“What reason would...that is, why would he have suffered this due to...?”

“I am part of an organization fighting...it. He is, as well. He was. You have, no doubt, heard of the recent exploits of Lola Hayes?”

The policeman raised his hands. “Enough, I don’t think I want to know. I’ll work out something to tell headquarters and the coroner.”

“Do you not require her and me to make statements?”

“Just be gone from here before any other coppers arrive. I’ll have enough trouble explaining this as it is.” The policeman turned and began shouting and shoving at the crowd, moving them back from the dock.

“I don’t believe we’ve been introduced,” the sailor said.

“My name is Lily Chen,” she told him. “I was raised by monks in what you call Tibet.”

“Silas Marsh,” he said with a slight bow. His expression had turned grim, and he bit out his words. “I fled Innsmouth to sea to escape the evil in that place. I have carried a cargo of fear, from that place, with me for all these years. I knew that one day it would find me.”

“You heard what I said to the policeman.”

He nodded. “Well, I suppose if it must be, there are far worse ways for it to have come to be, than someone as lovely as you. Shall I join you, then?”

She started. “Well...what do you have to offer me?” she retorted, with an uncharacteristic hesitation.

“As I said, I come from Innsmouth. I know of this evil. It rules that place, unremarked and unacknowledged, hidden from any hindrance by law or government, or with the law complicit, perhaps. It is not unlike the Klan in the South of my native country. I fled from it; I knew I could not fight it.” Shame burned in him. “I am done running. I will carry my fear no longer; I’ll not have that cargo. Shall we sail?”

Lily hesitated, then noticed a new commotion. Several more policemen were hurrying along the shore in their direction, shouting.

“I think we had best be going,” Silas said. “Aside from the law’s attentions, whatever did that to your friend clearly knew how and where to strike at him. It may strike at you, too.”

That was an excellent point, and she nodded. Silas seized their luggage, hauling it quickly across the gangplank onto the ship. Eyes flickering between his straining, bulging muscles and the advancing policemen, she followed him. “Stay here,” he told her, setting everything down and hurrying away forward, quickly lost among the crowds of passengers.

She had no idea what he said to the captain, but only a few moments later, the whistle shrieked and the engines began to thunder. The ship pulled rapidly ahead, and was well clear of the dock by the time that the policemen reached the scene.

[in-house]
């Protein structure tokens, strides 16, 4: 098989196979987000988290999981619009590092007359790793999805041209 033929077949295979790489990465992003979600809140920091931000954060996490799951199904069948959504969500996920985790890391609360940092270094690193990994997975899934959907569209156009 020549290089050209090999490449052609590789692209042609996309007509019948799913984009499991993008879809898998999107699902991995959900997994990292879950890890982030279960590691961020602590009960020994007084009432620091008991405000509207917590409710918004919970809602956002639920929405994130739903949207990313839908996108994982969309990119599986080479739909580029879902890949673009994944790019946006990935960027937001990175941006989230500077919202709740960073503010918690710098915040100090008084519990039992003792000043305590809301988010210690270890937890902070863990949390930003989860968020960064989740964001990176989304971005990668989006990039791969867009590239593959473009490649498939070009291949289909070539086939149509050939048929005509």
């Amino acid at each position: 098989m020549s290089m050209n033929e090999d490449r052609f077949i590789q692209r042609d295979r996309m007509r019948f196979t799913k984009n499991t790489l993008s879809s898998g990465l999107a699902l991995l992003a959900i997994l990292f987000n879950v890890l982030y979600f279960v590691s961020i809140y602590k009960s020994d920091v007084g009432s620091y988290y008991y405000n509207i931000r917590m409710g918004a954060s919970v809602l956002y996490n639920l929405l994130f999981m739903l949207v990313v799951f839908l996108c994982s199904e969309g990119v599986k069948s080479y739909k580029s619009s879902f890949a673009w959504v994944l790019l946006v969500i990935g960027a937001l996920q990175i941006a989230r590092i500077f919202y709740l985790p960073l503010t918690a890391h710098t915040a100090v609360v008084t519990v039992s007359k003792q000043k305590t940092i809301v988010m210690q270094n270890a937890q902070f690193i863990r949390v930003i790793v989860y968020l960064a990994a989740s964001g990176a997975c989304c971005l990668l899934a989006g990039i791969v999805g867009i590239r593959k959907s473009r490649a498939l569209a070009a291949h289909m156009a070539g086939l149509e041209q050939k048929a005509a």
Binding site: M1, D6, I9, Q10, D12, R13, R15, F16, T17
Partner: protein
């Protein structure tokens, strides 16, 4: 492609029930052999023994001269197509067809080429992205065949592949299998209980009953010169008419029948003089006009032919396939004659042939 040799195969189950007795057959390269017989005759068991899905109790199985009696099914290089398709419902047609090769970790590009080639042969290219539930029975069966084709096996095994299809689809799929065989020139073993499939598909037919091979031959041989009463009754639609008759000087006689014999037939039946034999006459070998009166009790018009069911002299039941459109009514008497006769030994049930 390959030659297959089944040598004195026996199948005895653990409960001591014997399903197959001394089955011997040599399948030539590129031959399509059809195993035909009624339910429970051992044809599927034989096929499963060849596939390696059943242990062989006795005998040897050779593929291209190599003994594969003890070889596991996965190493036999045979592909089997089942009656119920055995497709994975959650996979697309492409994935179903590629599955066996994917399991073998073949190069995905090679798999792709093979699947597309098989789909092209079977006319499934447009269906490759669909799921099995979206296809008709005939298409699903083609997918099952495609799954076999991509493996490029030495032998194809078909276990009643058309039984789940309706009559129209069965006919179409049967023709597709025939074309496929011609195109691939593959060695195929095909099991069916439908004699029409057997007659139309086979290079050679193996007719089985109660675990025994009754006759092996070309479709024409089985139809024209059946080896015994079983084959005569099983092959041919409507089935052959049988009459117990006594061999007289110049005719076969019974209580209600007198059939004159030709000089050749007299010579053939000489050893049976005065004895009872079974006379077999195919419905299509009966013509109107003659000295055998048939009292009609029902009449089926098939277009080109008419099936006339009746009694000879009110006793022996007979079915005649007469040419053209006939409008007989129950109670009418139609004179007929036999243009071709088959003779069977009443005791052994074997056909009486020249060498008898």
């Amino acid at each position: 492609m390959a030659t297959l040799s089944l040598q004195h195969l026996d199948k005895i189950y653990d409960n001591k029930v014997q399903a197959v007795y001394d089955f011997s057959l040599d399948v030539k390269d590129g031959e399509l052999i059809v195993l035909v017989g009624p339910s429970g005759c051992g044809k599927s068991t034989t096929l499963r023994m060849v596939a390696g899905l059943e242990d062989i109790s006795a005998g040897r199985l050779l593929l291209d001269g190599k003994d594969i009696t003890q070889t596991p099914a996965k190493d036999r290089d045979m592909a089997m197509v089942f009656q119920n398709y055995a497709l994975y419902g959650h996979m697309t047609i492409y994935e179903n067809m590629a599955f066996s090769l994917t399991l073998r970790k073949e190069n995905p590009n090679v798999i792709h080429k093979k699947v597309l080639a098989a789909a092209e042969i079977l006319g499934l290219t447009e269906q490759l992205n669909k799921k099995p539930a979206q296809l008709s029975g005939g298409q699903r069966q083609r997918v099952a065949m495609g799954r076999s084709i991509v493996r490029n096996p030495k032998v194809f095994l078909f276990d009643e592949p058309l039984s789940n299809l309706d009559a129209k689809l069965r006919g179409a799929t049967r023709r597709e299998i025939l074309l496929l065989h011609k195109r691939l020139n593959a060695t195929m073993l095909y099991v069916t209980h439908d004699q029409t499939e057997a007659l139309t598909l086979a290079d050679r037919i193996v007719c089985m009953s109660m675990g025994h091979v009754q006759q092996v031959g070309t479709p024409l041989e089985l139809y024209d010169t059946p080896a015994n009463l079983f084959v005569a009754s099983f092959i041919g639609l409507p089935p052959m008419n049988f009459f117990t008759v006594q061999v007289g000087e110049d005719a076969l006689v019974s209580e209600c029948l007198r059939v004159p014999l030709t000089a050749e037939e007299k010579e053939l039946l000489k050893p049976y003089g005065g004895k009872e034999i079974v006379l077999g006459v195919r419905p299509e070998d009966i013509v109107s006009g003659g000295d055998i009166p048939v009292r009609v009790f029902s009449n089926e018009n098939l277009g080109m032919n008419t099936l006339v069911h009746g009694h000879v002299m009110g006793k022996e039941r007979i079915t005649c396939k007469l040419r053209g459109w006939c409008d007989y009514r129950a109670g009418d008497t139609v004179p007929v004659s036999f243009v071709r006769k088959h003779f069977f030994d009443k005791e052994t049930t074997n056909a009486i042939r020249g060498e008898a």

Silas hurried back to her through the crowd, speaking quickly and softly. “I’m needed in the boiler room; the beast of the furnace must be fed. I’ve sent a porter to carry your luggage to your cabin. Meet me by the mess at the start of the dog watch: four-thirty post meridian.”

She nodded again. Her eyes followed him as he hurried away. She noticed that the passengers around her were beginning to glance furtively at her far too much for her comfort, muttering to one another. She tried to smile, but honestly was not certain whether her effort had made matters worse. Fortunately the porter arrived shortly, and they began hauling the trunks below together. The voyage would take about a day, with the passengers sleeping aboard tonight, to arrive in Brisbane early the next morning.

The cabin was not large, but it would have been adequate for two people, and was more than adequate for one. Lily kept herself under firm control at that thought. A pair of bunks in the common cabin would have been cheaper, but Lola’s money was sufficient for this cabin, and Lily tended to attract unwanted attention. As unwitting allies of Azathoth could be anywhere, it was best to keep a low profile.

“This is a lot of luggage for one unaccompanied woman,” the porter remarked as he set the trunk down. She suppressed the flash of anger: obviously, he had not seen what had happened, and was only making conversation.

“Yes, it is. Kindly be off.”

Grumbling, he departed.

Lily lay on her bunk, staring at the ceiling, listening to the engines. She thought of meditating, but could not seem to will herself to move. Norman Withers was gone.

Granted, he had never been the most effective member of their team. Still, it was a shame that even if they managed to save the world, they could not save him. She lay there, letting her mind wander far further than usual. She remembered the Tunguska blast: the strong smell of burnt and rotting pines, the thick mud, the distant howling of wolves...but that mystery had been solved. They nearly had what they needed to defeat Azathoth. And for Norman to die now, this stumble on the doorstep of a secure house, with the foe right behind you...

She realized abruptly that she needed to focus on a more urgent problem: she did not know what had happened to Norman, so it might happen to her, or even to Lola and Diana half the world away. She stood quickly, then hauled open the trunks. Norman’s books and notes might have some answers, and she needed to determine what to do with these materials in any case. She further resolved to send telegrams to Lola and Diana at once on reaching Brisbane, although with no cables yet crossing the oceans it would take weeks to receive any reply.